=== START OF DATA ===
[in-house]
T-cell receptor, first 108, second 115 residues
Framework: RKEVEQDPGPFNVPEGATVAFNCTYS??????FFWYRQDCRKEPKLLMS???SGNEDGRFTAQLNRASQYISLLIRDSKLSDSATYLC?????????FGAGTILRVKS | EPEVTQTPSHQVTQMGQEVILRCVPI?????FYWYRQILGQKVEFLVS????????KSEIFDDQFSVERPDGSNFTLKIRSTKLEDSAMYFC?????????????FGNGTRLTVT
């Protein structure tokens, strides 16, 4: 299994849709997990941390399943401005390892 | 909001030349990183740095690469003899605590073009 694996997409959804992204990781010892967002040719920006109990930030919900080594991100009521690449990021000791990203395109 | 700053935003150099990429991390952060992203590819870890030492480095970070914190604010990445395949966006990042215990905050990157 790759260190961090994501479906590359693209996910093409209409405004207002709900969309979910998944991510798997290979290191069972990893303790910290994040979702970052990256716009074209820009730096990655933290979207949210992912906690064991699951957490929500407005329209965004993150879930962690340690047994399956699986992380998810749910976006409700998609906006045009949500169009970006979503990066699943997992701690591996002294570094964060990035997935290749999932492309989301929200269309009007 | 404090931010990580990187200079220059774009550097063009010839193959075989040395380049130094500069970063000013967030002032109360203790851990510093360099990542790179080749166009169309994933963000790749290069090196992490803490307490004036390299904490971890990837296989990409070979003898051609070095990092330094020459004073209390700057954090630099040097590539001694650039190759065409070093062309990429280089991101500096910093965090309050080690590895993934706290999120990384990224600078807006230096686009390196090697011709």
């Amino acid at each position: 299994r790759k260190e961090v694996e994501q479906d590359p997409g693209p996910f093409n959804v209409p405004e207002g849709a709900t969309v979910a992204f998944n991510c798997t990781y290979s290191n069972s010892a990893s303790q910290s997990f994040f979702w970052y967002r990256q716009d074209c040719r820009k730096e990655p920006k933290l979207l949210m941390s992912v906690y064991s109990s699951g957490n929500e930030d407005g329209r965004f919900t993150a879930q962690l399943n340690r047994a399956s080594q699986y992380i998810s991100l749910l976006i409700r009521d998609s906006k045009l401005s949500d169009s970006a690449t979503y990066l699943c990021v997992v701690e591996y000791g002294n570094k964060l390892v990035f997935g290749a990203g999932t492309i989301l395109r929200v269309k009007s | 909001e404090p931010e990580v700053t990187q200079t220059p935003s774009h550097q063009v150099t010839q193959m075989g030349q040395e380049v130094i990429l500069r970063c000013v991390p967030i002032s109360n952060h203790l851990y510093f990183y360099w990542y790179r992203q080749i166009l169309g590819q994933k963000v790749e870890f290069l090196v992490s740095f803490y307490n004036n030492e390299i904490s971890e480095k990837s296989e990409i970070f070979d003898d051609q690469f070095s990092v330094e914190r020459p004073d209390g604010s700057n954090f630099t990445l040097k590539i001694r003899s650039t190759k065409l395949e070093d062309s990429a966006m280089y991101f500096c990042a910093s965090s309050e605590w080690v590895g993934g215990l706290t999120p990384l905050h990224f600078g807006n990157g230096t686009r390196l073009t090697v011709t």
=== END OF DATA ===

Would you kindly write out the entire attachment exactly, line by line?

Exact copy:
[in-house]
T-cell receptor, first 108, second 115 residues
Framework: RKEVEQDPGPFNVPEGATVAFNCTYS??????FFWYRQDCRKEPKLLMS???SGNEDGRFTAQLNRASQYISLLIRDSKLSDSATYLC?????????FGAGTILRVKS | EPEVTQTPSHQVTQMGQEVILRCVPI?????FYWYRQILGQKVEFLVS????????KSEIFDDQFSVERPDGSNFTLKIRSTKLEDSAMYFC?????????????FGNGTRLTVT
């Protein structure tokens, strides 16, 4: 299994849709997990941390399943401005390892 | 909001030349990183740095690469003899605590073009 694996997409959804992204990781010892967002040719920006109990930030919900080594991100009521690449990021000791990203395109 | 700053935003150099990429991390952060992203590819870890030492480095970070914190604010990445395949966006990042215990905050990157 790759260190961090994501479906590359693209996910093409209409405004207002709900969309979910998944991510798997290979290191069972990893303790910290994040979702970052990256716009074209820009730096990655933290979207949210992912906690064991699951957490929500407005329209965004993150879930962690340690047994399956699986992380998810749910976006409700998609906006045009949500169009970006979503990066699943997992701690591996002294570094964060990035997935290749999932492309989301929200269309009007 | 404090931010990580990187200079220059774009550097063009010839193959075989040395380049130094500069970063000013967030002032109360203790851990510093360099990542790179080749166009169309994933963000790749290069090196992490803490307490004036390299904490971890990837296989990409070979003898051609070095990092330094020459004073209390700057954090630099040097590539001694650039190759065409070093062309990429280089991101500096910093965090309050080690590895993934706290999120990384990224600078807006230096686009390196090697011709």
């Amino acid at each position: 299994r790759k260190e961090v694996e994501q479906d590359p997409g693209p996910f093409n959804v209409p405004e207002g849709a709900t969309v979910a992204f998944n991510c798997t990781y290979s290191n069972s010892a990893s303790q910290s997990f994040f979702w970052y967002r990256q716009d074209c040719r820009k730096e990655p920006k933290l979207l949210m941390s992912v906690y064991s109990s699951g957490n929500e930030d407005g329209r965004f919900t993150a879930q962690l399943n340690r047994a399956s080594q699986y992380i998810s991100l749910l976006i409700r009521d998609s906006k045009l401005s949500d169009s970006a690449t979503y990066l699943c990021v997992v701690e591996y000791g002294n570094k964060l390892v990035f997935g290749a990203g999932t492309i989301l395109r929200v269309k009007s | 909001e404090p931010e990580v700053t990187q200079t220059p935003s774009h550097q063009v150099t010839q193959m075989g030349q040395e380049v130094i990429l500069r970063c000013v991390p967030i002032s109360n952060h203790l851990y510093f990183y360099w990542y790179r992203q080749i166009l169309g590819q994933k963000v790749e870890f290069l090196v992490s740095f803490y307490n004036n030492e390299i904490s971890e480095k990837s296989e990409i970070f070979d003898d051609q690469f070095s990092v330094e914190r020459p004073d209390g604010s700057n954090f630099t990445l040097k590539i001694r003899s650039t190759k065409l395949e070093d062309s990429a966006m280089y991101f500096c990042a910093s965090s309050e605590w080690v590895g993934g215990l706290t999120p990384l905050h990224f600078g807006n990157g230096t686009r390196l073009t090697v011709t």